Cultureguru's Weblog

Of food, technology, movies, music, and travel—or whatever else strikes my fancy

Bollywood and Beyond

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Last Thursday we braved the pre-storm (really, no big deal) to go out for dinner and a concert. The dinner plan had been to check out Imbibe, on The Museum premises. Only, they didn’t seem terribly interested in serving us. It was a while before anyone even told us we could sit anywhere, and as the minutes ticked by with no one offering drinks or a menu, we left. (I’m not sure they noticed.)

Fortunately, the reliable Peter Martin’s was across the street. We discovered that they seemed to have largely abandoned their “cheaper bistro” idea, going back to the pricier appetizer and entree approach. Everything very good, though. We shared mussels in cream sauce with smoked bacon to start, then I had the pork belly with excellent greens and sweet potato sides, while Jean enjoyed the lamb with side of gnochi.

Then, off to our Intersections concert across the street. This one focused on Indian music, and befitting that, some members of the orchestra—including conductor Edwin Outwater—were in Indian garb.

Bollywood image

Not how members of the symphony were dressed, but a cool pic nonetheless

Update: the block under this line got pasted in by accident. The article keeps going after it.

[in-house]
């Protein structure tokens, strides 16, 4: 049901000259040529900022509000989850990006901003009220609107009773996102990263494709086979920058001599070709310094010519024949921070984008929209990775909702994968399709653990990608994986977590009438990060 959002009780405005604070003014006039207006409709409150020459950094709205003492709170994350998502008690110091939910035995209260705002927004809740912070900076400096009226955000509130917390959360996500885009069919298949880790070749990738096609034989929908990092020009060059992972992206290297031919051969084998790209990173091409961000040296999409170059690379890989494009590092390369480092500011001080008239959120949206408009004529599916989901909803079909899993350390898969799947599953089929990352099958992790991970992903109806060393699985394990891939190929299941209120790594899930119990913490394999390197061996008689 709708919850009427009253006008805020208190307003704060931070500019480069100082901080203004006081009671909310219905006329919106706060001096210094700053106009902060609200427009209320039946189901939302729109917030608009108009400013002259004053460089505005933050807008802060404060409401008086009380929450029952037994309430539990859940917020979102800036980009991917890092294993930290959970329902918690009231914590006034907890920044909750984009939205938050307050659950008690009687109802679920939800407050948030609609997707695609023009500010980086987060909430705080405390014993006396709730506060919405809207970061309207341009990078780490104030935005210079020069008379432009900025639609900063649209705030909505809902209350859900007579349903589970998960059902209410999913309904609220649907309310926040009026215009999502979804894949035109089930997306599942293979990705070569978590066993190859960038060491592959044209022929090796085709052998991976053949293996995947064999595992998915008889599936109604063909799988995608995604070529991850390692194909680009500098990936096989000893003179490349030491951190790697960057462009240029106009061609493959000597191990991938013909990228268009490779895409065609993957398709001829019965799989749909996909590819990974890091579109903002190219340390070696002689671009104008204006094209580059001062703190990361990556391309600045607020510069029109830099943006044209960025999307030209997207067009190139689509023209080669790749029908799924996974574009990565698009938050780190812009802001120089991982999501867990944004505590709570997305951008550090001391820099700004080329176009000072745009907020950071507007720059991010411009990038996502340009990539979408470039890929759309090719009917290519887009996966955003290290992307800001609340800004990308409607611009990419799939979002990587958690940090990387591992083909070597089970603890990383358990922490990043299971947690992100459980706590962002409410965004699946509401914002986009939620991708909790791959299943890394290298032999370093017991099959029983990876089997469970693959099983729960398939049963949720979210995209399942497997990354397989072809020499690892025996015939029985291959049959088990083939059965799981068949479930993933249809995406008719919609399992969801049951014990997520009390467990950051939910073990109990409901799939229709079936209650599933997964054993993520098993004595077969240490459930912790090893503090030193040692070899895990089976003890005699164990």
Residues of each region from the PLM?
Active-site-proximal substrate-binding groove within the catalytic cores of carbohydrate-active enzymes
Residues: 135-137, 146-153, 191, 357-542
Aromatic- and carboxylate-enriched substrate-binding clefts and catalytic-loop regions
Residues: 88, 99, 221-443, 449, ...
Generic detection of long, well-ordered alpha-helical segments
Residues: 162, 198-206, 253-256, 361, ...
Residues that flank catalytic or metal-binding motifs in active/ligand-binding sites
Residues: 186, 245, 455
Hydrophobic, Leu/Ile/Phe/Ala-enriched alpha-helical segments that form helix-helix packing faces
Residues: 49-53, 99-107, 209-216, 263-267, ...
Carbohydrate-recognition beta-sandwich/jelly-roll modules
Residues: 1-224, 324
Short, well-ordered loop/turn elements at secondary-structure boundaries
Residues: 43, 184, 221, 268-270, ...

The guest performers did not play sitars. Highlighted on the first few pieces was the mrdangam, which is a type of drum. One side of it plays bass notes, the other higher-pitched rhythms. The performer, Trichy Sankaran, could play incredibly quickly.

He was joined by his daughter, Suba Sankaran, who clapped out rhythms during the instrumental numbers, but then also took over on vocals. One piece she presented was an reinterpretation of Leonard Cohen’s “Bird on a Wire”. As befitting the title of this section, she did also present some songs from Bollywood movies, although with a twist: She sang lyrics from the somewhat humorous English translation, rather than the original Hindi. (No actual dancing, but we did some movie footage in the background.)

During a lovely piece called “Maya” it occurred to me that many of us had been trained in the sounds of Indian music by the British rock stars of the sixties: The Kinks with “See my Friends”, and of course, The Beatles. Fittingly, the last piece of the evening was a great version of George Harrison’s “Within You, Without You” from Sgt. Pepper.

The concert, performed without intermission, seemed to be over in a flash. Indeed, it was just about an hour long. Just enough to whet our palate.

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